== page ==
Somewhere in the Stone age, a family lived in a cave. Because all of their neighbours and friends were eaten by monsters, the family survived by father’s wisdom only: “NEVER leave the cave!” and “Always be afraid!”. It’s the story of The Croods, a wonderful Dreamworks movie.
But they are also guiding principles for many of us. Each one of us has this caveman inside of your minds that tells us not to go for what we want because it’s way to dangerous. Unless we’re really hungry, so we have no choice. In all other cases, our choices are limited by fear and the way we learned to deal with it.
What did you learn about risk?
Every parent only wants what’s best for his or her children. So we give them loads of great advice on what to study, how to live, things to avoid. Study, work hard, get a good jobs, don’t use drugs, an apple a day, build a house, save for later,… For the last couple of years I’ve been working with employees at banks and insurance companies. Apart from exception their main drive is not passion for what they do. It’s security. And though the world is changing and some of them are truly unhappy, they still think it’s better not to leave the cave. Until the cave comes down.
What did you learn about life outside the cave?
What’s most appealing to you? A secure life in the darkness of the cave or a colourful yet far more dangerous life outside? And what if life in the cave just doesn’t suit you? For years I tried to adjust to life in the cave myself and tried to live by the cave rules: work hard, listen to the boss, be nice. The first one was no issue, the other part was unsuccessful. So even if I would have stayed in the cave, I did not have any perspective to a brilliant future.
What did you learn about taking action?
Leaving the cave takes courage and very good reason. What good reason could you have to leave your cave? Because you want something else from life and the way you create that life. Or because you just can’t stand cave life any longer. Or because the cave comes down… But what if we find out life outside is too dangerous? Well, there’s always the option to go back to the cave. Or another cave. When I started my own business 4 years ago, I always kept my wild card in my pocket that if it would fail, I could always look for a job. It helped me getting out of the cave. If staying makes you unhappy, the risk of being eaten may be worth it.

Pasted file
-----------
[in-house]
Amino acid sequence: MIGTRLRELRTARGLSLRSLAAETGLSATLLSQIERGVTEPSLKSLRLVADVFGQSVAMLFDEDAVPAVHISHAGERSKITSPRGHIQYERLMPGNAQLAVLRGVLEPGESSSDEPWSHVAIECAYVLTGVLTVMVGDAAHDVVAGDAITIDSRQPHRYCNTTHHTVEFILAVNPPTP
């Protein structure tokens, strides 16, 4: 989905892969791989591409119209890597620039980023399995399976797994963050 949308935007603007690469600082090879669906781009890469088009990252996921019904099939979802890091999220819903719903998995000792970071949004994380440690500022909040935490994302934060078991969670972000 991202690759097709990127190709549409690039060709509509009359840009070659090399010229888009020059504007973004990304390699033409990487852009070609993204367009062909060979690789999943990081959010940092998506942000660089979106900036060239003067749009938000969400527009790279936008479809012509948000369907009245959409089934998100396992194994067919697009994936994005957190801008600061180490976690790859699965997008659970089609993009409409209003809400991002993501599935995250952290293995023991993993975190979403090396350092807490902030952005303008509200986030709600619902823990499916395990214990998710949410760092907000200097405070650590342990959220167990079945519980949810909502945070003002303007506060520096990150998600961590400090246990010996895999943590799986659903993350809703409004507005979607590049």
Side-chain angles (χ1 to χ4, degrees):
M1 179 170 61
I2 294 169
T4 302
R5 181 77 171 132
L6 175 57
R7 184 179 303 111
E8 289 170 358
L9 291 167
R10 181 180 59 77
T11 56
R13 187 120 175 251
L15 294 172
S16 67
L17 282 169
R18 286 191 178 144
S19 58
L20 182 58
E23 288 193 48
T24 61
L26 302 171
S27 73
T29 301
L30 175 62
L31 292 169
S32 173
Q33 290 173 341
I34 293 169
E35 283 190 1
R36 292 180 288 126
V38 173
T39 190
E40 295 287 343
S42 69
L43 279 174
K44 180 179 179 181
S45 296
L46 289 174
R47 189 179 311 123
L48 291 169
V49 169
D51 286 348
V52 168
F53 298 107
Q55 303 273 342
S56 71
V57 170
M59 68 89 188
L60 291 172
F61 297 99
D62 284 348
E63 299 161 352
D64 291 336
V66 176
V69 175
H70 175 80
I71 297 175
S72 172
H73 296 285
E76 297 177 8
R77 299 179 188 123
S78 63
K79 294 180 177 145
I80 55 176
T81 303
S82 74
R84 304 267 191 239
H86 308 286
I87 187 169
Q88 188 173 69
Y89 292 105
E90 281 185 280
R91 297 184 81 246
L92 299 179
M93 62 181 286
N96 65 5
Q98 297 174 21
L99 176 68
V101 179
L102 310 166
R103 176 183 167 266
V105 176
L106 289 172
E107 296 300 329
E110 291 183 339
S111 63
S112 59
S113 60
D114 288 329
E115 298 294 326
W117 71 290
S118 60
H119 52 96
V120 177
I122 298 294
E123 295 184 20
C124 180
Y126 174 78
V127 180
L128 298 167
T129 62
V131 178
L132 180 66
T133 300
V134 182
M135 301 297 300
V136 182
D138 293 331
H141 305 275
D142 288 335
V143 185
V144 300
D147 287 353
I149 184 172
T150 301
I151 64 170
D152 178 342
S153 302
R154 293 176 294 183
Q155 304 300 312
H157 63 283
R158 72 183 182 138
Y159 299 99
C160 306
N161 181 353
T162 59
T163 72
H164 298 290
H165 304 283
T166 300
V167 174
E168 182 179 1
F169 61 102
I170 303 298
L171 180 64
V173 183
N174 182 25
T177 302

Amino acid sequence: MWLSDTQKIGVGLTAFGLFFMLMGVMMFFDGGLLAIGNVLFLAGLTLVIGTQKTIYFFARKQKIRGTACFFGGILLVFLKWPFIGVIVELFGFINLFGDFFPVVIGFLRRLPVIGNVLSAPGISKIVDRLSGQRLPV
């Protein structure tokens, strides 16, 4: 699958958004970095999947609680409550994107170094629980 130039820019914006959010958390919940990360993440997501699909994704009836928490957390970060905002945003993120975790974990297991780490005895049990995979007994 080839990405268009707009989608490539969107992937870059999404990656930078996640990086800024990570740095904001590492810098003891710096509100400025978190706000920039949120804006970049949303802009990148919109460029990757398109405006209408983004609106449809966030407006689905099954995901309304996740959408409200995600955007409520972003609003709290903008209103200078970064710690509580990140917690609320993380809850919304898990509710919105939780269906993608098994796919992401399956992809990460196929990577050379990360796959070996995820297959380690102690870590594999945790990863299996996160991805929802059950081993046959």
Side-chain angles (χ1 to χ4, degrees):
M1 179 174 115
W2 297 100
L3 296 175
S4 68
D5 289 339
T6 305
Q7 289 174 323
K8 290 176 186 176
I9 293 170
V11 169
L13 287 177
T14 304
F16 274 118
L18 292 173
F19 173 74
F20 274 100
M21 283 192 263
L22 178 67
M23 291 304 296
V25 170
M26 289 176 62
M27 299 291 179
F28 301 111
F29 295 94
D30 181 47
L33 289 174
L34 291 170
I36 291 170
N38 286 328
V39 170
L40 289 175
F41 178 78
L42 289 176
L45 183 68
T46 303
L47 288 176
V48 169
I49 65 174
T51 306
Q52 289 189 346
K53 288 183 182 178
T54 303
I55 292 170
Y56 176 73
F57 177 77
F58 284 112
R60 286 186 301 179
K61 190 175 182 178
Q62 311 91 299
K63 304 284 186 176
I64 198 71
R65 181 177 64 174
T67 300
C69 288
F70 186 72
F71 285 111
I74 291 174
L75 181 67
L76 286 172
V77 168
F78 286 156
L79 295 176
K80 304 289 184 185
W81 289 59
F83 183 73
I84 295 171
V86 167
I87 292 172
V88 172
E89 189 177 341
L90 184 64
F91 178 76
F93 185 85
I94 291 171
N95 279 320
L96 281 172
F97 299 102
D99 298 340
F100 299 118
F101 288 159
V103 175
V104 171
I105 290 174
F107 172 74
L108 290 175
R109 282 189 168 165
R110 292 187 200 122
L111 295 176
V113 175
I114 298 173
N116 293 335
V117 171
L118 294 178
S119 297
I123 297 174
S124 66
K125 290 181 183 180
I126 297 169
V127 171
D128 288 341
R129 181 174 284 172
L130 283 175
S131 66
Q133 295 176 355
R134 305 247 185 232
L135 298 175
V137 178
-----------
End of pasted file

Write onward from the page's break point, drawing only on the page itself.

What did you learn about your opportunities outside the cave?
A strong future vision helps me and the people I coach and mentor to make our choices, every day. Isn’t that incredibly selfish? Well, if we are happy and feel great, our give back to the world and our loved ones exceeds all expectations. Only when you are happy, you are open to helping others to be happy too. Dreaming wild will not make you live irresponsibly, not dreaming at all will make you stay even when you’re unhappy.
Are you stuck in your cave? Take action! You’re not the only factor determining your future but it’s a good start.
Guest writer-Els Deboutte
I’m Els Deboutte, coach, trainer, author and creator of Make me Fly!, Throughout over 20 years of experience as a psychologist, trainer, HR Manager and consultant I learned to easily spot and strengthen people’s talents. Through Make me Fly! I help active professionals to rediscover what they love and like, what they are good at and how they can find the job and create the life they desire. (www.makemefly.be)